Waiting for today...: November 2016

"In plain English, stress early in life makes us more vulnerable to stress la...

"In plain English, stress early in life makes us more vulnerable to stress later in life. The evidence for this can be seen in multiple physiological an... - Nyawela Gianna - Google+

Saturday, November 26

Sunday the 13th: #hernialife


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My general doc says…
my issue is more constipation than hernia though.  She suggested I get sources of fiber other than Metamucil like cereals & beans, only using metamucil as a true supplement when I haven't gotten the daily recommended amount.

Thanks to the above…
my 7 day vaca turned into a 4 day minus $300.  When I finally got to Palm Beach Shores I had a great time: mani/pedi, seaweed wrap, massage, bike ride, Spanish red beans & rice, zzz’s on the beach.  

Then it was back…
to work.  Last week was pretty great.  All eight hour shifts.  This week?  Blah.  Started with a twelve hour shift and it’s been shit since.  Starting to feel burnout.  At least I hope it’s just burnout (see above *sigh*).

I’ve told myself before…
one of my days off needs to be spent outside my apartment.  The movies, library, bookstore, coffee shop.  Something!  Getting tired, literally, of laying around at home.  Now that I've got some of priorities together: writing schedule, diet/exercise/rest plan, etc., it's something I need to fit into self care.

And finally...
I have one statement and one question regarding the 2016 Presidential Election: Trump Nation. Why are you surprised America?

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2016 Waiting for today...

Sunday, November 6

Article: The Five Communication Styles



In revisiting the issues that plagued my mother and I’s relationship before leaving home, I got to thinking more deeply about the importance of good communication in all relationships…

I remember writing a paper in community college about the communication loop.  I can’t remember how that topic was chosen in the first place but it was very interesting.  I found the sender and his message most interesting.  In doing research for that paper, nominal really, I learned how important it is for the sender to prepare (content) and package (tone, body language) their message before sending it.  Leave something important out, include something trivial, send it with the wrong attitude, in the wrong manner, even at the wrong time and the consequences could be destructive.

I often say a person gets only one opportunity to “stick the landing” in conversation; one chance to make it count.  When those conversations are also disagreements, it's our emotions that end up formulating and sending many of our messages unfortunately. Original intents are lost, core issues aren't addressed and our needs aren’t met.   I know this first hand.  ‘Cause I’ve always had difficulty communicating and fear often drove it.  

Always an extreme of not saying anything out of fear to the other of near rage from not having said anything, I never got the desired response.  And of course!  How could I if the receiver never understood my intent?  What was my intent?  Did I know in either extreme? I didn’t know it then but I was screaming out for help even in my silence.  So in the same vein, I’ve learned that recognizing my needs apart from being able to communicate them is equally important.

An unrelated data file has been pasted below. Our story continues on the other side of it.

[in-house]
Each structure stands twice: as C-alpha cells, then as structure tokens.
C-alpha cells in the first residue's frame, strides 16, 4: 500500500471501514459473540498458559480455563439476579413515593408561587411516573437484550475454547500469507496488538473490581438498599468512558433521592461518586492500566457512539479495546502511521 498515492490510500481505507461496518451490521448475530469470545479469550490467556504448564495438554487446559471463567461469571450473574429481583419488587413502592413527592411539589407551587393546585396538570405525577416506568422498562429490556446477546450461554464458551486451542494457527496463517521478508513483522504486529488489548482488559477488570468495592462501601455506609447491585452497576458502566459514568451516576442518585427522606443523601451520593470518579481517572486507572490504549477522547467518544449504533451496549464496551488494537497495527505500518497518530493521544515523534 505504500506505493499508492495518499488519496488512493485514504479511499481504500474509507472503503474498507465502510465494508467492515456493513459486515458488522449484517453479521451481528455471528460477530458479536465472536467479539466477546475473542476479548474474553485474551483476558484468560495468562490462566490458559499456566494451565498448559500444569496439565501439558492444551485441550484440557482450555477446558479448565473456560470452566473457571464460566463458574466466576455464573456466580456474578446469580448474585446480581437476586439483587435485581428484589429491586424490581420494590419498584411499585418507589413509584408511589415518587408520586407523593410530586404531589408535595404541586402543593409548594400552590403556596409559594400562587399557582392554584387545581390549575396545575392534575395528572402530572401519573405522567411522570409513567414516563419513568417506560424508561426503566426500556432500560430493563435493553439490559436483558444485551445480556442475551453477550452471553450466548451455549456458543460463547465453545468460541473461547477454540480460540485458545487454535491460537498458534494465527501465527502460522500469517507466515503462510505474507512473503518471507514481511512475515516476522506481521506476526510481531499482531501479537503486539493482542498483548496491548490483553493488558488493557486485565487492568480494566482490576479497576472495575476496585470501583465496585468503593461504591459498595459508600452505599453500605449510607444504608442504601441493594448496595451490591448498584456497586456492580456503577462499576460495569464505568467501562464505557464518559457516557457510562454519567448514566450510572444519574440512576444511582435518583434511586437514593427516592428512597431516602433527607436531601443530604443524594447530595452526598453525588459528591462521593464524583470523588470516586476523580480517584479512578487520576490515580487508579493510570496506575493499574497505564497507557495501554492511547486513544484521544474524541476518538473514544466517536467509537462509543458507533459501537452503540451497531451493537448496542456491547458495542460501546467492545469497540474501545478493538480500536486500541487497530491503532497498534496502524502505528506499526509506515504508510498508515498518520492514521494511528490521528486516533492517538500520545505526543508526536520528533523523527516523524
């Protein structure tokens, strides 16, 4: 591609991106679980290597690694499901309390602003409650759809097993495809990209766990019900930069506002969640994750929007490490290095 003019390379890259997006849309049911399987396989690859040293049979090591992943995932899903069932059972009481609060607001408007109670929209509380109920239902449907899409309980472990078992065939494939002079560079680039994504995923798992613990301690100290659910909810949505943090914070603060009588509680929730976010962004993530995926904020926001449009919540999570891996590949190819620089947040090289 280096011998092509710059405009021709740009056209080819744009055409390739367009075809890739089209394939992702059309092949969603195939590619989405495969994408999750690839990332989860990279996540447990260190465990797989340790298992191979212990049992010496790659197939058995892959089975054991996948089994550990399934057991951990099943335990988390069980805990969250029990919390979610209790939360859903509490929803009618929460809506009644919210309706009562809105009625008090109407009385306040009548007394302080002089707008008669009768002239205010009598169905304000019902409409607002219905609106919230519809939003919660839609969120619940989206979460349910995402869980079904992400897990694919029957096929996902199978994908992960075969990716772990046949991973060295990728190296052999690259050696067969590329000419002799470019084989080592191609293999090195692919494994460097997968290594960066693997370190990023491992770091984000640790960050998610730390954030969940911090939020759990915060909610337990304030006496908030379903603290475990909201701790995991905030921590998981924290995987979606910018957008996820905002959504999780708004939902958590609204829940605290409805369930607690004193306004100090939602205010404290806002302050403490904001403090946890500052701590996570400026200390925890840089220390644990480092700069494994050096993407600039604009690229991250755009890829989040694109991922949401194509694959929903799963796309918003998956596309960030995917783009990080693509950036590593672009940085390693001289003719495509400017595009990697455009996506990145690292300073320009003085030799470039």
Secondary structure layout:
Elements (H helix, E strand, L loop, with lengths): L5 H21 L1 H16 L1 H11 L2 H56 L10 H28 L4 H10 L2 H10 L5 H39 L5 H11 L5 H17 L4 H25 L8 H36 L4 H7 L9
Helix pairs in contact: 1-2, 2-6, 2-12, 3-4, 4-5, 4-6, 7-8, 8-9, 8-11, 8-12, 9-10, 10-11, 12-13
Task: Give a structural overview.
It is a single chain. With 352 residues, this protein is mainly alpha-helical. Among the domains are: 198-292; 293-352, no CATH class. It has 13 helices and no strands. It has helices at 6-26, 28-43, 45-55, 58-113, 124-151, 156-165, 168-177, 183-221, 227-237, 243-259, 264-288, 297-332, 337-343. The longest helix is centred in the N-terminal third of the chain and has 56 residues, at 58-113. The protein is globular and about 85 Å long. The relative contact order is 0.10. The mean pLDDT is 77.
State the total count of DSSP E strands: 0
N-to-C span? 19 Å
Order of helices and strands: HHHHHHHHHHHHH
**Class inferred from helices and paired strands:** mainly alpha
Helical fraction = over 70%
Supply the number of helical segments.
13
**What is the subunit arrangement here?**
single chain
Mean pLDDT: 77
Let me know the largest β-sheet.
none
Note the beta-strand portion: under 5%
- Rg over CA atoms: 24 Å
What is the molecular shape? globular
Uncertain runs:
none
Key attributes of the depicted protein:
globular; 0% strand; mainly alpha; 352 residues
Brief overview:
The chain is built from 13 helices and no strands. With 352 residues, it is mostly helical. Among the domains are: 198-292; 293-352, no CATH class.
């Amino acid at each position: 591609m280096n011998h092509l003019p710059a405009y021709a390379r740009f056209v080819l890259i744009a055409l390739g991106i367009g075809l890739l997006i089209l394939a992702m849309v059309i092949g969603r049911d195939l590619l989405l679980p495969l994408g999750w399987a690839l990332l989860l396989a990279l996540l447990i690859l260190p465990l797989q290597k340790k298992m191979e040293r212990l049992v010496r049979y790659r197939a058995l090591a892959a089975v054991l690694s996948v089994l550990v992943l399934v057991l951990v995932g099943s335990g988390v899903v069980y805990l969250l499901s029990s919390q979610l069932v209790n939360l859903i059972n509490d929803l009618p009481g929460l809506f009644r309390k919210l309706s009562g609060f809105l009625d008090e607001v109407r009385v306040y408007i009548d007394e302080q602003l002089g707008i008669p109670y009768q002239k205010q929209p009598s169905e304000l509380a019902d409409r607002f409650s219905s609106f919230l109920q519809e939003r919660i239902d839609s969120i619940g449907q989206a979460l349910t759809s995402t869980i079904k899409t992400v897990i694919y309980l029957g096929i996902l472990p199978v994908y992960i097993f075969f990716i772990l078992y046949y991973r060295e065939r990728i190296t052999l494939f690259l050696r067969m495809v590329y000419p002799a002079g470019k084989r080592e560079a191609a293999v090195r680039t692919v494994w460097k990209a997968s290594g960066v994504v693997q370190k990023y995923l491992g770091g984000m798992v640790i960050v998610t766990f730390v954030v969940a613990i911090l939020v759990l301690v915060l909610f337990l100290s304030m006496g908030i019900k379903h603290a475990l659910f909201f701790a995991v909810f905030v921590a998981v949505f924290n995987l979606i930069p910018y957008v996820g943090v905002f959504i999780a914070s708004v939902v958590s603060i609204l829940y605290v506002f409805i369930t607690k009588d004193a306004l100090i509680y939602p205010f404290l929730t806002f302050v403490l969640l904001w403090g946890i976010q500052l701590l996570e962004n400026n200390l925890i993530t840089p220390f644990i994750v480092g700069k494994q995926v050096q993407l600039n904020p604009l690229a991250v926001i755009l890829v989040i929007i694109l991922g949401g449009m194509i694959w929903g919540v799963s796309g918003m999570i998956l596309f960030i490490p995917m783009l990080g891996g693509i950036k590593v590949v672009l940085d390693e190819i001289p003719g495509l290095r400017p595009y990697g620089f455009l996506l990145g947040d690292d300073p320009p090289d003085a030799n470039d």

Don’t get me wrong.  I am in no way absolving mature individuals of the responsibility to know how to identify the needs of a dependent.  But I could’ve avoided years of frustration, resentment and bitterness if I had this understanding much sooner than my thirties.  It’s why it has become a top priority for me in my personal life.  Even more so in my professional life.

Because I am a highly sensitive person on top of having mood disorder, it’s so easy for me to become consumed with emotion during exciting conversations.  So I’ve adopted a strategy: take a step back, mute the noise, look at facts, identify the issue and by all means keep it center.  And should the receiver get carried away in emotion, the only thing left to do is bow out of the conversation.  At minimum, my livelihood depends on it.

The following article suggests several communication styles and their characteristics, including those of its user.  Knowing how to identify these styles will not only help the sender to improve their own communication skills but will also help them to avoid the emotional pitfalls that some styles can create.

“Learning to identify the different communication styles - and recognising which one we use most often in our daily interactions with friends, family and colleagues - is essential if we want to develop effective, assertive communication skills… Being assertive means respecting yourself and other people.  It is the ability to clearly express your thoughts and feelings through open, honest and direct communication.”

con’t reading “The Five Communication Styles” by Claire Newton. Retrieved November 4th, 2015 from http://www.clairenewton.co.za/my-articles/the-five-communication-styles.html

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